Additionally, the U.S. Securities and Exchange Commission’s SEC’s rule 10b-5(a)(c) also bars fraudulent conduct in connection with the transaction of securities. As it relates to pump-and-dump schemes, these rules apply when (a) an individual advertises the stock to artificially inflate its stock price and (b) once that individual sells their shares at the artificially inflated price.

Violations of these provisions may lead to (a) misdemeanor or felony charges; (b) criminal charges; (c) jail or prison sentences; and (d) additional sanctions at the discretion of the SEC. Specifically, violations against the Securities Act of 1933 may carry a five-year prison sentence and a $10,000 (USD) fine. Violations of the Security Exchange Act of 1934, in contrast, may carry fines upwards of $5,000,000 (USD) and a maximum prison sentence of 20-years.

Misrepresentation

As it relates to social media pump-and-dump schemes, securities fraud is generally defined as the deceptive misrepresentation of information to influence investor decisions on securities and assets. The key legal term here is misrepresentation, which refers to one party falsifying material facts to influence the investment decisions of other parties. Relatedly, the coordinator of the pump-and-dump scheme may purposely omit key information in their advertisement of a stock to artificially inflate its stock price. From a definitional standpoint, any representation that influences speculative investors to purchase shares in a publicly traded company is considered material. Blatantly posting false information (or omitting detrimental information) about a penny stock online in hopes of attracting more attention and ultimately inflating its stock price is illegal under securities fraud.

Technically speaking, there are three types of misrepresentation: (a) innocent misrepresentation; (b) negligent misrepresentation; and (c) fraudulent misrepresentation. The significance of distinguishing between these three types of misrepresentations is that liability of the latter two carry stricter monetary penalties and sentences. In the realm of penny stock pump-and-dumps, it is possible for one to commit innocent misrepresentation – that is, distorting material facts about a stock as one genuinely believes these falsified facts to be true. However, the Court may be inclined to constitute stock pumping as negligent misrepresentation, which is an actionable offense in which one fails to take the measures necessary to ensure accuracy of one’s presented material facts. In other words, if there is literally anything one could have done to verify their due diligence (e.g., send an email, make a phone call), a valid argument can be made that one is liable for negligent misrepresentation. Fraudulent misrepresentation, in contrast, refers to purposely misconstruing material facts knowing that this falsified knowledge would increase the likelihood of a pump.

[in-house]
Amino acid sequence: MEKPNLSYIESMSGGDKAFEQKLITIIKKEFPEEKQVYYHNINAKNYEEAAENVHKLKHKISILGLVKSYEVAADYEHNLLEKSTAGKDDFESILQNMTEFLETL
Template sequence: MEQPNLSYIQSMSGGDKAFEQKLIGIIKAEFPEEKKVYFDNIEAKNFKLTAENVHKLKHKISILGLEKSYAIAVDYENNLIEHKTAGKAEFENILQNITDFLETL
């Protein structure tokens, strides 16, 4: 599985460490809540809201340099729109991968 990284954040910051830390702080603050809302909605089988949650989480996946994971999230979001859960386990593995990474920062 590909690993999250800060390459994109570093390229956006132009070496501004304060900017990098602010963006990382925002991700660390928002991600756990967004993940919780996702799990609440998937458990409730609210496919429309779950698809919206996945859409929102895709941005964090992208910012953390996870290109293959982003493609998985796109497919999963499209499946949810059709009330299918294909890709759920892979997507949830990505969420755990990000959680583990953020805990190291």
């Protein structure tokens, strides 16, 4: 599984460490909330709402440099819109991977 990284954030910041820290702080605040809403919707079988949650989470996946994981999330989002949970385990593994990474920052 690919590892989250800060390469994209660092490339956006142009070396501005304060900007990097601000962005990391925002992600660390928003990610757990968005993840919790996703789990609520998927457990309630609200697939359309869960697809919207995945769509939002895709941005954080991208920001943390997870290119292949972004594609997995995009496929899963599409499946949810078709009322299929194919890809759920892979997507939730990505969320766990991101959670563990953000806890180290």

Despite the "no offering"" assertions to over 100,000 followers, METX registered a direct offering the next morning. It is worth noting that Tommy Coops apologized to his followers after the METX mishap and attempted to make it right.

Conspiracy

The legal consequences of pump-and-dump schemes are magnified tenfold if coordinated amongst multiple individuals. Section 371 of the United States Code states that an actionable offense is created "[i]f two or more persons conspire either to commit any offense against the United States, or to defraud the United States, or any agency thereof in any manner or for any purpose.” To prove conspiracy, the following two requirements must be met: (a) an extant agreement between two (or more) people to defraud or commit an offense against America; (b) willful compliance to this agreement; and (c) overt actions committed by the co-conspirators to serve the purpose of conspiring. Individuals who are found guilty of conspiracy may be sentenced to five years in federal prison and monetary fines of up to $250,000 (USD). In sum, coordinated buys amongst multiple individuals for the purpose of stock pump-and-dump schemes can render one criminally liable for conspiracy under section 371 of the United States code.